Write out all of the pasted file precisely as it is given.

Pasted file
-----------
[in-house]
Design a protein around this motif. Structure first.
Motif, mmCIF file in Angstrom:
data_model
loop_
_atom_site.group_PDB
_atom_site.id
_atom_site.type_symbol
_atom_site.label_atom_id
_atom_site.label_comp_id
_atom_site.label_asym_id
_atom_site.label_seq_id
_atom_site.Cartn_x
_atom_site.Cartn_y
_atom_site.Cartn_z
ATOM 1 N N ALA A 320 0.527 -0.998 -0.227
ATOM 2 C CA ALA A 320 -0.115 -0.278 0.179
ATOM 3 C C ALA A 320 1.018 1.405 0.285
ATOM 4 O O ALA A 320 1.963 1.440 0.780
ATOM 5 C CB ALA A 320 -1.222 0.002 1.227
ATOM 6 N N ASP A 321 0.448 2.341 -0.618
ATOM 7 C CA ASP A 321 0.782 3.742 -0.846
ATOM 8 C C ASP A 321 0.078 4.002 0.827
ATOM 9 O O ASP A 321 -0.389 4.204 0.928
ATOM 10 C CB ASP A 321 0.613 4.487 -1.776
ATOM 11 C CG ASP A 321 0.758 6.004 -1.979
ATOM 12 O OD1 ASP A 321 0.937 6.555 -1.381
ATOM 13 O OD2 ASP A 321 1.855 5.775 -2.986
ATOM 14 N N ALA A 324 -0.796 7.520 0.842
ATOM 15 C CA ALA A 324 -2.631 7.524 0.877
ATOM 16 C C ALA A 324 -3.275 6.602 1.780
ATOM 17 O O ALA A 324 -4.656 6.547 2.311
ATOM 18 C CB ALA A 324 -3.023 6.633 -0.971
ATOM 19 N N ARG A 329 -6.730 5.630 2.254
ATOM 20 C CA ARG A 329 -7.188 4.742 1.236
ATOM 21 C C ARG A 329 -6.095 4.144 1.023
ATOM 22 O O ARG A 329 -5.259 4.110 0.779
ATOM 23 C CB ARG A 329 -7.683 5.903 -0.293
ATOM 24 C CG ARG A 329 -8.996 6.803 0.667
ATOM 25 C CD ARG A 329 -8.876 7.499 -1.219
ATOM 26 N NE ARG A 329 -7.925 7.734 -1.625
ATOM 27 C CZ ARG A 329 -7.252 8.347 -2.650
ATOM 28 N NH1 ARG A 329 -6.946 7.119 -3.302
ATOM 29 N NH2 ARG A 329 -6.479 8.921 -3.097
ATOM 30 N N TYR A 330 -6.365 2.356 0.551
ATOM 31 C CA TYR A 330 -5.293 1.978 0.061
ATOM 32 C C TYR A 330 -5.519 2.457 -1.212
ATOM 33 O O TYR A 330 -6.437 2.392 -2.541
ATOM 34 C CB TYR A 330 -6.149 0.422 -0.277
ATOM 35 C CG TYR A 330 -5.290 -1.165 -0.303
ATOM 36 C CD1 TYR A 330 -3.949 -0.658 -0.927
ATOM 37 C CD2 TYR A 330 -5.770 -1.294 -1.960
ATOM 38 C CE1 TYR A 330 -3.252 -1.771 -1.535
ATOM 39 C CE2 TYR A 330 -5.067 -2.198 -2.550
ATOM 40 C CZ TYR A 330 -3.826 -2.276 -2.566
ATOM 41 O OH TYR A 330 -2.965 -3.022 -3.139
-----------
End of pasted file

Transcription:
[in-house]
Design a protein around this motif. Structure first.
Motif, mmCIF file in Angstrom:
data_model
loop_
_atom_site.group_PDB
_atom_site.id
_atom_site.type_symbol
_atom_site.label_atom_id
_atom_site.label_comp_id
_atom_site.label_asym_id
_atom_site.label_seq_id
_atom_site.Cartn_x
_atom_site.Cartn_y
_atom_site.Cartn_z
ATOM 1 N N ALA A 320 0.527 -0.998 -0.227
ATOM 2 C CA ALA A 320 -0.115 -0.278 0.179
ATOM 3 C C ALA A 320 1.018 1.405 0.285
ATOM 4 O O ALA A 320 1.963 1.440 0.780
ATOM 5 C CB ALA A 320 -1.222 0.002 1.227
ATOM 6 N N ASP A 321 0.448 2.341 -0.618
ATOM 7 C CA ASP A 321 0.782 3.742 -0.846
ATOM 8 C C ASP A 321 0.078 4.002 0.827
ATOM 9 O O ASP A 321 -0.389 4.204 0.928
ATOM 10 C CB ASP A 321 0.613 4.487 -1.776
ATOM 11 C CG ASP A 321 0.758 6.004 -1.979
ATOM 12 O OD1 ASP A 321 0.937 6.555 -1.381
ATOM 13 O OD2 ASP A 321 1.855 5.775 -2.986
ATOM 14 N N ALA A 324 -0.796 7.520 0.842
ATOM 15 C CA ALA A 324 -2.631 7.524 0.877
ATOM 16 C C ALA A 324 -3.275 6.602 1.780
ATOM 17 O O ALA A 324 -4.656 6.547 2.311
ATOM 18 C CB ALA A 324 -3.023 6.633 -0.971
ATOM 19 N N ARG A 329 -6.730 5.630 2.254
ATOM 20 C CA ARG A 329 -7.188 4.742 1.236
ATOM 21 C C ARG A 329 -6.095 4.144 1.023
ATOM 22 O O ARG A 329 -5.259 4.110 0.779
ATOM 23 C CB ARG A 329 -7.683 5.903 -0.293
ATOM 24 C CG ARG A 329 -8.996 6.803 0.667
ATOM 25 C CD ARG A 329 -8.876 7.499 -1.219
ATOM 26 N NE ARG A 329 -7.925 7.734 -1.625
ATOM 27 C CZ ARG A 329 -7.252 8.347 -2.650
ATOM 28 N NH1 ARG A 329 -6.946 7.119 -3.302
ATOM 29 N NH2 ARG A 329 -6.479 8.921 -3.097
ATOM 30 N N TYR A 330 -6.365 2.356 0.551
ATOM 31 C CA TYR A 330 -5.293 1.978 0.061
ATOM 32 C C TYR A 330 -5.519 2.457 -1.212
ATOM 33 O O TYR A 330 -6.437 2.392 -2.541
ATOM 34 C CB TYR A 330 -6.149 0.422 -0.277
ATOM 35 C CG TYR A 330 -5.290 -1.165 -0.303
ATOM 36 C CD1 TYR A 330 -3.949 -0.658 -0.927
ATOM 37 C CD2 TYR A 330 -5.770 -1.294 -1.960
ATOM 38 C CE1 TYR A 330 -3.252 -1.771 -1.535
ATOM 39 C CE2 TYR A 330 -5.067 -2.198 -2.550
ATOM 40 C CZ TYR A 330 -3.826 -2.276 -2.566
ATOM 41 O OH TYR A 330 -2.965 -3.022 -3.139